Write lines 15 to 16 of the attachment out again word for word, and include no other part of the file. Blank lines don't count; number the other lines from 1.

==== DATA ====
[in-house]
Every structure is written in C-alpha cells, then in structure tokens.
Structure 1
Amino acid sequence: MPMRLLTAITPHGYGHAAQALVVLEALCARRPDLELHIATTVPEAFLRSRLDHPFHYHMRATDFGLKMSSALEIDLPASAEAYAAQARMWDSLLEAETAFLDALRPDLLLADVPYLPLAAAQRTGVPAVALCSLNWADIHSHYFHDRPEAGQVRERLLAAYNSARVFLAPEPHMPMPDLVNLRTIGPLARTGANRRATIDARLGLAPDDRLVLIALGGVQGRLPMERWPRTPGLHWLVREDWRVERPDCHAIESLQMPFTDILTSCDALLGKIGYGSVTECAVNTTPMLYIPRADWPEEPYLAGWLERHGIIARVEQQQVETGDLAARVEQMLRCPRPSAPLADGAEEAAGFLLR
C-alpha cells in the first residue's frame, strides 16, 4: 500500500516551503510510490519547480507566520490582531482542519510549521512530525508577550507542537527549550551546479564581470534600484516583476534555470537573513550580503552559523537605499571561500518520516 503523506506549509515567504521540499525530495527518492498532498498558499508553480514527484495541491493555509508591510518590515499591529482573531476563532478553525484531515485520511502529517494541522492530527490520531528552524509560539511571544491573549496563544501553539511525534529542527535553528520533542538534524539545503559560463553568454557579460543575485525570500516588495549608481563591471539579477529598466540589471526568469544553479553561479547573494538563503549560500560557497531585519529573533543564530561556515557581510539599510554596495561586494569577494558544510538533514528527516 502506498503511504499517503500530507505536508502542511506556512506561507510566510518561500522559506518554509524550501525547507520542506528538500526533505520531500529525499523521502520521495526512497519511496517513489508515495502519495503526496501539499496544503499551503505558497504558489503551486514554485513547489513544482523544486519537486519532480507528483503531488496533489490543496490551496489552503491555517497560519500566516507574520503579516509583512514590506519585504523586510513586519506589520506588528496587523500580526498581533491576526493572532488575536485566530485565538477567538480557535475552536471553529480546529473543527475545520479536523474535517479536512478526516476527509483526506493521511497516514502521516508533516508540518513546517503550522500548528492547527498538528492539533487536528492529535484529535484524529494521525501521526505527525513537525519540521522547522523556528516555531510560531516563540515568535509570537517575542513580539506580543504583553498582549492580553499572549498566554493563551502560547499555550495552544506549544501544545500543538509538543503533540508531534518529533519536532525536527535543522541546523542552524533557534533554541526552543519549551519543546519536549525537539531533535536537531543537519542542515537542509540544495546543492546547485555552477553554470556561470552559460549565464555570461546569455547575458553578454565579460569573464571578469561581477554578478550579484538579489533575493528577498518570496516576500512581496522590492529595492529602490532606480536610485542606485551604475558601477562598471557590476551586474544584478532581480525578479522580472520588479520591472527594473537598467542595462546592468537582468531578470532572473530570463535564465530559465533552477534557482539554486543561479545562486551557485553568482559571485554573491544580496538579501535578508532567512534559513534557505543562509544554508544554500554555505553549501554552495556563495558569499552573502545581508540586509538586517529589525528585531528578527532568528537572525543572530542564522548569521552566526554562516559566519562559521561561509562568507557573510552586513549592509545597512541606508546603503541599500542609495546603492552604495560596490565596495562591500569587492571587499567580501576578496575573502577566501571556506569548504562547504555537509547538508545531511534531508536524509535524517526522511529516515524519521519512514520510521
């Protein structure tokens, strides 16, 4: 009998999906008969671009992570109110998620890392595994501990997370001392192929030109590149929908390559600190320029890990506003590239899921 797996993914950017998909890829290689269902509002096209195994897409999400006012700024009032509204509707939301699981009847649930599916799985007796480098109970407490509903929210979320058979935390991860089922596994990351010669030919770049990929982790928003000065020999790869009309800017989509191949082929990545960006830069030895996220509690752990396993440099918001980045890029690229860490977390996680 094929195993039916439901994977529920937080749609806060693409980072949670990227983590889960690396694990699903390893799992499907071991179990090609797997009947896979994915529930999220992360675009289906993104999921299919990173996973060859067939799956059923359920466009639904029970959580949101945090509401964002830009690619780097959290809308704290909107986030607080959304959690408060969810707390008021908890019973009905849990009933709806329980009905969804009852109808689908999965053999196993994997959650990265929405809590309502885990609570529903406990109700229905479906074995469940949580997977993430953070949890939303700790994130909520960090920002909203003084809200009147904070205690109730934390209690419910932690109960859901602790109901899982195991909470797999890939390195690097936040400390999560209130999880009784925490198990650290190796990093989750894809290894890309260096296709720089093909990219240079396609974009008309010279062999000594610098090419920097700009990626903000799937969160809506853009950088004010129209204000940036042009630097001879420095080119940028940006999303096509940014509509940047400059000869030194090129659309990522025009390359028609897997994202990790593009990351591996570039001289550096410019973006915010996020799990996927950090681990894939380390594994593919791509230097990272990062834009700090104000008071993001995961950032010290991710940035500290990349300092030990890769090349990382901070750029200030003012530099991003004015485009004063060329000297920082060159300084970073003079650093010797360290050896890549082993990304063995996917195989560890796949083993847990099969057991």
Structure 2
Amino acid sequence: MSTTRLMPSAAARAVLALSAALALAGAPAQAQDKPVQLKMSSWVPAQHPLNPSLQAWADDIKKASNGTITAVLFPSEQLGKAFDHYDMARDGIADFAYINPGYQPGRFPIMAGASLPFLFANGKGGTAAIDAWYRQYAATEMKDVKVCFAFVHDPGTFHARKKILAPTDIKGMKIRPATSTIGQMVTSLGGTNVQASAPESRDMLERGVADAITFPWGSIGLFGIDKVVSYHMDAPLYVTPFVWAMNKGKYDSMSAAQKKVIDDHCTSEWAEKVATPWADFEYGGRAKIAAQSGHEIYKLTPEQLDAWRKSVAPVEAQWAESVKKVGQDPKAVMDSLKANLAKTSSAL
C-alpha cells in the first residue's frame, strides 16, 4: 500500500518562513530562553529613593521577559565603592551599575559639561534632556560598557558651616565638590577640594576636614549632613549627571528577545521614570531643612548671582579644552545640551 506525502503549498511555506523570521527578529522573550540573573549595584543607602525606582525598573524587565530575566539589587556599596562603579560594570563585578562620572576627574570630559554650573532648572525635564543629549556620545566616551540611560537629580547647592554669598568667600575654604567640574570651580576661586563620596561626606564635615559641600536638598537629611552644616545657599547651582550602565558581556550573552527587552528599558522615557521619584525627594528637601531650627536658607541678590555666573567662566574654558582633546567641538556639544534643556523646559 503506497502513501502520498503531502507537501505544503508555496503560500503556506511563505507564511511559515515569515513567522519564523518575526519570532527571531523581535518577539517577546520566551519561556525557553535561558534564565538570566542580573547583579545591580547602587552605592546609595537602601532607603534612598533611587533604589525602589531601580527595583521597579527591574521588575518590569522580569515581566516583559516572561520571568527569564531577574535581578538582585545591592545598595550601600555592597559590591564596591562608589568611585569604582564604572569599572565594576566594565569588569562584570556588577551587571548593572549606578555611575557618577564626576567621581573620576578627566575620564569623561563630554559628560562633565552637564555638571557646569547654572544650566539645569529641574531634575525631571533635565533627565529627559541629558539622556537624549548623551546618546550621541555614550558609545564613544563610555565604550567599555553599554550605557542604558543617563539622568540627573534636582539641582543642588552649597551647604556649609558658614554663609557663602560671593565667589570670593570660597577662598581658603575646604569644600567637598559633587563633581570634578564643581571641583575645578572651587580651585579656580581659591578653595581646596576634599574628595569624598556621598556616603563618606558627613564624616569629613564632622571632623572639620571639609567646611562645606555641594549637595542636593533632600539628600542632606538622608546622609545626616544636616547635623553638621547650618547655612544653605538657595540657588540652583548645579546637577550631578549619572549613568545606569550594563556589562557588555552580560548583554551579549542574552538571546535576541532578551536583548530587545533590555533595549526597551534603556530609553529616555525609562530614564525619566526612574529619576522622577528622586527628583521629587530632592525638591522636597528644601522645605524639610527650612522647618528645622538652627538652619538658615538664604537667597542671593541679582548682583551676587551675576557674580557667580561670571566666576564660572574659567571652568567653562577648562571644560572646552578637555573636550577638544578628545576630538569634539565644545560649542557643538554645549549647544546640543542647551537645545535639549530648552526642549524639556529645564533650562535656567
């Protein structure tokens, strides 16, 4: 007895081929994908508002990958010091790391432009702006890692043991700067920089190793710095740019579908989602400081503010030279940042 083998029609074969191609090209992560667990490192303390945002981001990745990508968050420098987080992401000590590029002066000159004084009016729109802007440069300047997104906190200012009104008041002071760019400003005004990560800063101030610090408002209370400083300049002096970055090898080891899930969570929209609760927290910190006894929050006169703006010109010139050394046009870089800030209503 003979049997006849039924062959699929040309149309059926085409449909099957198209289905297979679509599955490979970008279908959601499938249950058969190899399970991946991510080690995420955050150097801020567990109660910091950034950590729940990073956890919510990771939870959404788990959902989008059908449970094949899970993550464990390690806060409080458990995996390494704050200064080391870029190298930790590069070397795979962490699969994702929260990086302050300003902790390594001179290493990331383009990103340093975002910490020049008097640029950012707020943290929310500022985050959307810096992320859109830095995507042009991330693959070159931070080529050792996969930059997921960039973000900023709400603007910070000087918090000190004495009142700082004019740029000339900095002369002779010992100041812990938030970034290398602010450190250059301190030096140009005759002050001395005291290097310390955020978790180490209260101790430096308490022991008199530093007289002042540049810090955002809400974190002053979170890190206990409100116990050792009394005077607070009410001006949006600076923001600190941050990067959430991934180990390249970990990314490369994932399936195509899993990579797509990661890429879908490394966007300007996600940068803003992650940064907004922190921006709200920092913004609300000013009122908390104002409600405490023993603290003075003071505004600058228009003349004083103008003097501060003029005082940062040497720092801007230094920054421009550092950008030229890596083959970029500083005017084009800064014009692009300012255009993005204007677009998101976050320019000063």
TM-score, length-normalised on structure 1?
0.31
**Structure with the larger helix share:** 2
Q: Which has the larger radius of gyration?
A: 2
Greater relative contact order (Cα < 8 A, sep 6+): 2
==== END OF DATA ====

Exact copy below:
A: 2
Greater relative contact order (Cα < 8 A, sep 6+): 2